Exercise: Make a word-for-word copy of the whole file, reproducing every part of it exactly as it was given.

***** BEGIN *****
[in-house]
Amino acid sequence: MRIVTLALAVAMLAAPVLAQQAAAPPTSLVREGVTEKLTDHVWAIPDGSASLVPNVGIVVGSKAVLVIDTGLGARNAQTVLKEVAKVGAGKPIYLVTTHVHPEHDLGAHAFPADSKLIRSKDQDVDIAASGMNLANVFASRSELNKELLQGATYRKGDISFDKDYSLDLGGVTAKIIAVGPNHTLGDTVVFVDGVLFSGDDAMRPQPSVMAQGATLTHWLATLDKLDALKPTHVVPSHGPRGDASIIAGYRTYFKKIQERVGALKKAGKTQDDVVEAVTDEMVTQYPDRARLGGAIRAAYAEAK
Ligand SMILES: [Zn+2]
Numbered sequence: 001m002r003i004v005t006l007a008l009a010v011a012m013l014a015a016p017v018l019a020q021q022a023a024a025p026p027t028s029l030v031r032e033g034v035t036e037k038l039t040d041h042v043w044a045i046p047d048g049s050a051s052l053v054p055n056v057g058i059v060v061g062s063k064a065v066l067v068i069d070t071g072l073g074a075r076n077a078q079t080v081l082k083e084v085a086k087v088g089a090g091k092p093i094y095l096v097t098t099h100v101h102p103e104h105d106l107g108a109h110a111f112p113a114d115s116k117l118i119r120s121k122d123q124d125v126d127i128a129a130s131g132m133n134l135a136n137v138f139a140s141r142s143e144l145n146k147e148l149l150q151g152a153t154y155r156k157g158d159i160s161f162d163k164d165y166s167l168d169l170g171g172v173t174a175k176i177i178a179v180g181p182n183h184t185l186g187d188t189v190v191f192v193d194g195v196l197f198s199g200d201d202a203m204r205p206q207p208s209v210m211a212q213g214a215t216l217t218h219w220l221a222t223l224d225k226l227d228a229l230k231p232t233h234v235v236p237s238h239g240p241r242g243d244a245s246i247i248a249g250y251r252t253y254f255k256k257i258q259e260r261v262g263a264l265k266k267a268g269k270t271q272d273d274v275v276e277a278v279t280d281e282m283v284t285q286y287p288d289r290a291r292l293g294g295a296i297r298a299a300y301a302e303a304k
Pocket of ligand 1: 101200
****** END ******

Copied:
[in-house]
Amino acid sequence: MRIVTLALAVAMLAAPVLAQQAAAPPTSLVREGVTEKLTDHVWAIPDGSASLVPNVGIVVGSKAVLVIDTGLGARNAQTVLKEVAKVGAGKPIYLVTTHVHPEHDLGAHAFPADSKLIRSKDQDVDIAASGMNLANVFASRSELNKELLQGATYRKGDISFDKDYSLDLGGVTAKIIAVGPNHTLGDTVVFVDGVLFSGDDAMRPQPSVMAQGATLTHWLATLDKLDALKPTHVVPSHGPRGDASIIAGYRTYFKKIQERVGALKKAGKTQDDVVEAVTDEMVTQYPDRARLGGAIRAAYAEAK
Ligand SMILES: [Zn+2]
Numbered sequence: 001m002r003i004v005t006l007a008l009a010v011a012m013l014a015a016p017v018l019a020q021q022a023a024a025p026p027t028s029l030v031r032e033g034v035t036e037k038l039t040d041h042v043w044a045i046p047d048g049s050a051s052l053v054p055n056v057g058i059v060v061g062s063k064a065v066l067v068i069d070t071g072l073g074a075r076n077a078q079t080v081l082k083e084v085a086k087v088g089a090g091k092p093i094y095l096v097t098t099h100v101h102p103e104h105d106l107g108a109h110a111f112p113a114d115s116k117l118i119r120s121k122d123q124d125v126d127i128a129a130s131g132m133n134l135a136n137v138f139a140s141r142s143e144l145n146k147e148l149l150q151g152a153t154y155r156k157g158d159i160s161f162d163k164d165y166s167l168d169l170g171g172v173t174a175k176i177i178a179v180g181p182n183h184t185l186g187d188t189v190v191f192v193d194g195v196l197f198s199g200d201d202a203m204r205p206q207p208s209v210m211a212q213g214a215t216l217t218h219w220l221a222t223l224d225k226l227d228a229l230k231p232t233h234v235v236p237s238h239g240p241r242g243d244a245s246i247i248a249g250y251r252t253y254f255k256k257i258q259e260r261v262g263a264l265k266k267a268g269k270t271q272d273d274v275v276e277a278v279t280d281e282m283v284t285q286y287p288d289r290a291r292l293g294g295a296i297r298a299a300y301a302e303a304k
Pocket of ligand 1: 101200